Back to the main narrative, now, finally:

At about 2:30 Tuesday morning, I drifted awake, and made my usual half-awake comment to the air about, “ah, good: three hours till the alarm goes off.” Except that my voice sounded like an anvil being dragged across a parking lot. Two wakeful hours later, it had not improved, and I couldn’t imagine trying to instruct anyone with it. I called in sick, and wondered if the substitute-teacher coordinator would have any clue what my phone message meant.

Wednesday morning? Same deal. Not good.

Wednesday afternoon, I thought I might be able to be understood if for some reason I had to call 911. On Thursday morning, I arose, cleared my throat (which, I am told, is not that great for one’s vocal health, but oh well), and attended to my teaching duties. Sadly, my Thursday schedule is usually conducted on a dead run: teach two general music classes, change buildings, teach beginner trumpet group lessons, change buildings, teach two more general music classes, change buildings, conduct a beginner-band rehearsal (talk about not-good-for-your-voice). Then in the evening, I ran a church choir rehearsal – and unfortunately, I have this bad habit of trying to sing lots of choral parts along with the choristers, as if that would actually help any of them.

Friday morning: croaksville again. I could get some semblance of speaking done, but it felt like someone had tied my necktie a bit too snugly around my collar. I went in to school anyway, since I’m not a big fan of being out sick three days in a week. I’m not even a fan of being out for one. I think I get that from some of my former teachers, too. So I taught my classes with the aid of a lot of video clips and a voice from the depths of Hades. One of my students said to me, “Mr. H, you sound like Darth Vader.” Okay, I can handle that, I guess. “Naw,” said another, “he sounds like the movie trailer guy.”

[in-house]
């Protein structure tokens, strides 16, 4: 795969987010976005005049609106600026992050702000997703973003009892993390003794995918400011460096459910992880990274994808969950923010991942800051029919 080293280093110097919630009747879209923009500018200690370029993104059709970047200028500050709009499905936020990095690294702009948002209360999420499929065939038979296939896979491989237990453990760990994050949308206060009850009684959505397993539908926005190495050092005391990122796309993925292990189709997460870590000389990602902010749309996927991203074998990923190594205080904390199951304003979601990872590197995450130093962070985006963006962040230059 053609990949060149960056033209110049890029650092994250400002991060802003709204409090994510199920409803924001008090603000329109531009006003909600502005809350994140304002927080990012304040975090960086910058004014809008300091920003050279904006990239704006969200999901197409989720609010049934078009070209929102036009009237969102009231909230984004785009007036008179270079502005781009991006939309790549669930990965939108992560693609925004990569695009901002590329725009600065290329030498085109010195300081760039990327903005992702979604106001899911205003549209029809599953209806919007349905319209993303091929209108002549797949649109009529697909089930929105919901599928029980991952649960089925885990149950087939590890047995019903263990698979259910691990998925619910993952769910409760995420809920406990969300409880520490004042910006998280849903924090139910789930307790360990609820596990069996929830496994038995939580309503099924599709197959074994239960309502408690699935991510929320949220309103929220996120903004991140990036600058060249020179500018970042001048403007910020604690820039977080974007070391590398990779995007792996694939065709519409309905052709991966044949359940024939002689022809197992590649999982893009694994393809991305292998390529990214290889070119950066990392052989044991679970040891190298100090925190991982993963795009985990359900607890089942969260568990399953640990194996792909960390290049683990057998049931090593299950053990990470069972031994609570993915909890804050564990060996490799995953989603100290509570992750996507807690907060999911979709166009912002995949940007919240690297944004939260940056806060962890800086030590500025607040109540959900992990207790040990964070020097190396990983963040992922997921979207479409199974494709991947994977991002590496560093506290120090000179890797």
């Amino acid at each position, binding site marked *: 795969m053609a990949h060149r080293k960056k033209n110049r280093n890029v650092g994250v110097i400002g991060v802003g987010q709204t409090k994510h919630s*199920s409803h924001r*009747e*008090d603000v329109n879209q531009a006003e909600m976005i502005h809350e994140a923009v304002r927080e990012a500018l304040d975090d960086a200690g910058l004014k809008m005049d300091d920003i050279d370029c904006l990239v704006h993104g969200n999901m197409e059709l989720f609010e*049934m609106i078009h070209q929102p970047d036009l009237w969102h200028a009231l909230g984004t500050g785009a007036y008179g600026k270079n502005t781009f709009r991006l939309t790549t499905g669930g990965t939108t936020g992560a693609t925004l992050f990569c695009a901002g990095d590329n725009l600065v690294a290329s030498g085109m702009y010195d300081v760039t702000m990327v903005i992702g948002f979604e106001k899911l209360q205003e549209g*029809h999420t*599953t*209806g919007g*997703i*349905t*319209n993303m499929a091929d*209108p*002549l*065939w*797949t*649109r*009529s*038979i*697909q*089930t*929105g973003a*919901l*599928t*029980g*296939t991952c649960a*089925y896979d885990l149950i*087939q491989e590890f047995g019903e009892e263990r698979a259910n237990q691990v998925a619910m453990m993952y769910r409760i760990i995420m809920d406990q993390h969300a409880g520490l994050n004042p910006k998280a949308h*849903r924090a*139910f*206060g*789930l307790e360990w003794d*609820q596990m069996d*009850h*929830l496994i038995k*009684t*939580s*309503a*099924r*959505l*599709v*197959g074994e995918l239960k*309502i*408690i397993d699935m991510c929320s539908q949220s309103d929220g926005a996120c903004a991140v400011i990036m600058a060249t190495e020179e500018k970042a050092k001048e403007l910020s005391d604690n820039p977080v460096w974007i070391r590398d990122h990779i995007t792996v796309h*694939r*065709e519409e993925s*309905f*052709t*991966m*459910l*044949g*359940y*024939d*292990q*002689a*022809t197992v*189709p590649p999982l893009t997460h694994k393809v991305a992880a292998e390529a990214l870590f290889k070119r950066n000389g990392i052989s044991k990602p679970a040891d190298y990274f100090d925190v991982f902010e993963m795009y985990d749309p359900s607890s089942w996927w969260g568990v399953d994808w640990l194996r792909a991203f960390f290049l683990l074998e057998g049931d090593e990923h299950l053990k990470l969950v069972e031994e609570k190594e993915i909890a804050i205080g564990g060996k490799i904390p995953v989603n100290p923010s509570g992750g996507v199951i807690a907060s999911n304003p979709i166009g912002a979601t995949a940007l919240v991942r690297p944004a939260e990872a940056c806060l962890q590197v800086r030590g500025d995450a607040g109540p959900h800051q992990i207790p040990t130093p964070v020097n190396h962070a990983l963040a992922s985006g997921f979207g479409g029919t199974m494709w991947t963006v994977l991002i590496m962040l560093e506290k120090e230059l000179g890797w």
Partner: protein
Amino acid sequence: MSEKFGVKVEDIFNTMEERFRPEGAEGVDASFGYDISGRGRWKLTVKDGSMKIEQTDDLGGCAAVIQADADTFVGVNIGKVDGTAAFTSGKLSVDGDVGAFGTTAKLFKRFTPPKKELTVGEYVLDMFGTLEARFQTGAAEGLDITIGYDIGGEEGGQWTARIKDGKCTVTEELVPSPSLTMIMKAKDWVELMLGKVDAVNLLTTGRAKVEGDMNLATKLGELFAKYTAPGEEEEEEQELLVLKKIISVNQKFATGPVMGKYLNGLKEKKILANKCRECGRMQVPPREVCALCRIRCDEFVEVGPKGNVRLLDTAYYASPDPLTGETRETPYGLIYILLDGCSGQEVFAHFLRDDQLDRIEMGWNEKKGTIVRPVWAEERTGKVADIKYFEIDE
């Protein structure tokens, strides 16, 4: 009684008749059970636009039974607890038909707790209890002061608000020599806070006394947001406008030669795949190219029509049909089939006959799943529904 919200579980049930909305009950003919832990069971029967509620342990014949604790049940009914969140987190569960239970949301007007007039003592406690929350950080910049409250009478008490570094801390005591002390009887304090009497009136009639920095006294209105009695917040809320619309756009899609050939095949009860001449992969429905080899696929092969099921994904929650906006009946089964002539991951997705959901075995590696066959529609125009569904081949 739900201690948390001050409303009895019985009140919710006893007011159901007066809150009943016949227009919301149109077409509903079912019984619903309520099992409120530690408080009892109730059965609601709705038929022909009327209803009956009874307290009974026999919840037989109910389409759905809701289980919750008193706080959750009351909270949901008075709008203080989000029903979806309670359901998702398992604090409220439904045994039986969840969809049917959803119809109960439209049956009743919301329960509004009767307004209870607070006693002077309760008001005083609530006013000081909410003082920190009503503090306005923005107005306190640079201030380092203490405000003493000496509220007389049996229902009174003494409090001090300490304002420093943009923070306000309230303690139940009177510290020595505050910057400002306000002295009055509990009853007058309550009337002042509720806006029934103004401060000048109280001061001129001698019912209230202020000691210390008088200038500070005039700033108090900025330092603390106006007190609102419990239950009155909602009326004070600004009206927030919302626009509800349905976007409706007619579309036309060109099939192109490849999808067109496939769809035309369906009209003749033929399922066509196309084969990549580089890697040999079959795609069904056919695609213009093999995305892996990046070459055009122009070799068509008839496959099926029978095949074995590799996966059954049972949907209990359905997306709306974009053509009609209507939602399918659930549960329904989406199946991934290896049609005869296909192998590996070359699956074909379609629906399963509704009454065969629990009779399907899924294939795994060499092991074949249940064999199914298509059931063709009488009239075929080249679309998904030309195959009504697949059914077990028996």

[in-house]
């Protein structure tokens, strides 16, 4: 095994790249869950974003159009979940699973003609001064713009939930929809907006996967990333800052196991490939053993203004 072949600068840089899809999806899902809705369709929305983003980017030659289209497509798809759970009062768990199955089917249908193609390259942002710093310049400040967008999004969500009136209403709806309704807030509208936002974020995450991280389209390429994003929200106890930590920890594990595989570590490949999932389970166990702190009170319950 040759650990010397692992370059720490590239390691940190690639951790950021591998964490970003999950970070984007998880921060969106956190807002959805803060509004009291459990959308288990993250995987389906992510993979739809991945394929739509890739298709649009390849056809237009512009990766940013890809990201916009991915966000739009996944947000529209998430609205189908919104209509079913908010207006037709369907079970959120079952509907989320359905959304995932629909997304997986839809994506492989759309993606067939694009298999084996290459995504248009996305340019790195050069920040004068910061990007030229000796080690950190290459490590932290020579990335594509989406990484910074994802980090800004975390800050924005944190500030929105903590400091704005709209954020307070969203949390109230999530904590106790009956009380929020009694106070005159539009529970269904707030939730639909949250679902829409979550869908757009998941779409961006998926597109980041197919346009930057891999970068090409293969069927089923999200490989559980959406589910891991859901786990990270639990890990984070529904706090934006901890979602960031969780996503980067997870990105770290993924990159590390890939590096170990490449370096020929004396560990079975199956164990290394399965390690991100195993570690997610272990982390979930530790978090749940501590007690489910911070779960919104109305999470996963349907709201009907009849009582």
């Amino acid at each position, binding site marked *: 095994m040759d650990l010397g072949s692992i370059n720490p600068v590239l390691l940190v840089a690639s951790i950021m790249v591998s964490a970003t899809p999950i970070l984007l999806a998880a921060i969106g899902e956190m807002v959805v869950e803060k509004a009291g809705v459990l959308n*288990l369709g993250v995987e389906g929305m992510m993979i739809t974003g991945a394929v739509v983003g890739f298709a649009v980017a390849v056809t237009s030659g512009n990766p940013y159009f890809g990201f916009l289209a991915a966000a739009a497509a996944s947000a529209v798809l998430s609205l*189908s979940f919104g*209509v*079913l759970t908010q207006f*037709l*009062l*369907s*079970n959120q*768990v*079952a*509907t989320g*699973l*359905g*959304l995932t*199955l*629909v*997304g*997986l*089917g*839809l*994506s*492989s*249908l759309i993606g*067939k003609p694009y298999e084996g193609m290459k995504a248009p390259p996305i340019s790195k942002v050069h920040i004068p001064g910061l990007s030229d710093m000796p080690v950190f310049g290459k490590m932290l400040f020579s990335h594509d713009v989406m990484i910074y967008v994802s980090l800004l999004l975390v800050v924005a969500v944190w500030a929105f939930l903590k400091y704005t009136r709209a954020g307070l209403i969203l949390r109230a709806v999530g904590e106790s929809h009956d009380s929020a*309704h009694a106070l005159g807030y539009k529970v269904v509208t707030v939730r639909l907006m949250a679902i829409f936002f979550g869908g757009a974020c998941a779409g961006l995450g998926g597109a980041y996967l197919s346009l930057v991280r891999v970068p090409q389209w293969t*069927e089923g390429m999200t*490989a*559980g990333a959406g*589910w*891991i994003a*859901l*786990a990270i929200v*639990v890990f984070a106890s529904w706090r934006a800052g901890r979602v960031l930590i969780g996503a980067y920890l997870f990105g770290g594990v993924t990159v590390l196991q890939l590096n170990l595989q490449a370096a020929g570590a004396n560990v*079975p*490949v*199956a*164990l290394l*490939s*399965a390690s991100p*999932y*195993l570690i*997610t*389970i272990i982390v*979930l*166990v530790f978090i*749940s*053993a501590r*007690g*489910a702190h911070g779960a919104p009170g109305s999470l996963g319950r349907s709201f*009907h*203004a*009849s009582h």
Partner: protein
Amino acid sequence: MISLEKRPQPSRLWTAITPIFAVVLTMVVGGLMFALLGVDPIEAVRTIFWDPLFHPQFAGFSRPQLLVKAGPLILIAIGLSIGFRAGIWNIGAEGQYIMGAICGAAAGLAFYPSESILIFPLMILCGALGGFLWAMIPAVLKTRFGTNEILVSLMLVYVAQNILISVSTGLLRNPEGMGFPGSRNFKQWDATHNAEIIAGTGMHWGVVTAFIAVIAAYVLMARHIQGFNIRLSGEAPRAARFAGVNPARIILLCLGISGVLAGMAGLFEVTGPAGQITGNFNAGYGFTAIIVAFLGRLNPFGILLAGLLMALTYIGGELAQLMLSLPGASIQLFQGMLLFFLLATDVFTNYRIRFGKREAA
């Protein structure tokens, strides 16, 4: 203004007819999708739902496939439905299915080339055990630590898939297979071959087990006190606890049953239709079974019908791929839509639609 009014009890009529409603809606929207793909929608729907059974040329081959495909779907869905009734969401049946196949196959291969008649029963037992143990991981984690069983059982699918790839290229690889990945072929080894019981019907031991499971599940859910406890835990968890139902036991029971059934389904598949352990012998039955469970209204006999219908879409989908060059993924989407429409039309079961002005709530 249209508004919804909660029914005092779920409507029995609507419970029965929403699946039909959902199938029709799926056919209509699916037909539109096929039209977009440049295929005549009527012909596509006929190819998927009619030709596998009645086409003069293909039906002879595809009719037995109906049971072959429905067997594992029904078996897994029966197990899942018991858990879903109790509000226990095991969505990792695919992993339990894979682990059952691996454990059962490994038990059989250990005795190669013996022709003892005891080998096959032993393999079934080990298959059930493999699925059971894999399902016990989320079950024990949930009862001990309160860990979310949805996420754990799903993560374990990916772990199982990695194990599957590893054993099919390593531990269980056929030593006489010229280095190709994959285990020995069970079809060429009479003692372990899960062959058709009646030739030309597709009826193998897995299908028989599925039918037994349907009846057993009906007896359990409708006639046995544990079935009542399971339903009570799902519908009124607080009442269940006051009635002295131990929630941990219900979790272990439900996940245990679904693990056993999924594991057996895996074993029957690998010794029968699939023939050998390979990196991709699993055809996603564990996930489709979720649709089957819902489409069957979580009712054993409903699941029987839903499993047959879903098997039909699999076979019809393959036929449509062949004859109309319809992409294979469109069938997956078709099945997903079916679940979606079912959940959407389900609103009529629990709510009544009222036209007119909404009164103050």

In A World Where People Lose Their Voices … … actually I thought I was coming off as Evil Kermit the Frog, but if my kids hear James Earl Jones, who am I to argue?

This morning, thanks to the Interwebs, many variations on the honey-lemon tea recipe were experimented with; although I still have more in the way of woofer than tweeter, I have been impressed at the effectiveness of a couple of those variations. I may actually be able to communicate with people tomorrow morning at the pre-service choir warmup.

But, in the spirit of “don’t know what you’ve got till it’s gone” … I miss not needing to consciously plan out how to achieve my next utterance.

Ah well. From the perspective of the public school music teacher and church musician: better now than two weeks from now.

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December 1, 2012 - Posted by | Uncategorized | , , , , , ,

2 Comments »

  1. “like an anvil being dragged across a parking lot” = perfect.

    Comment by amandaroederwrites | December 1, 2012 | Reply

  2. You know, maybe you should get that movie trailer voice back; I bet you could make quite a bit of money on the side!! (Meanwhile, I’ll try to picture Evil Kermit the Frog… “It’s not easy stealin’ your green…”)

    Comment by Kristin | December 2, 2012 | Reply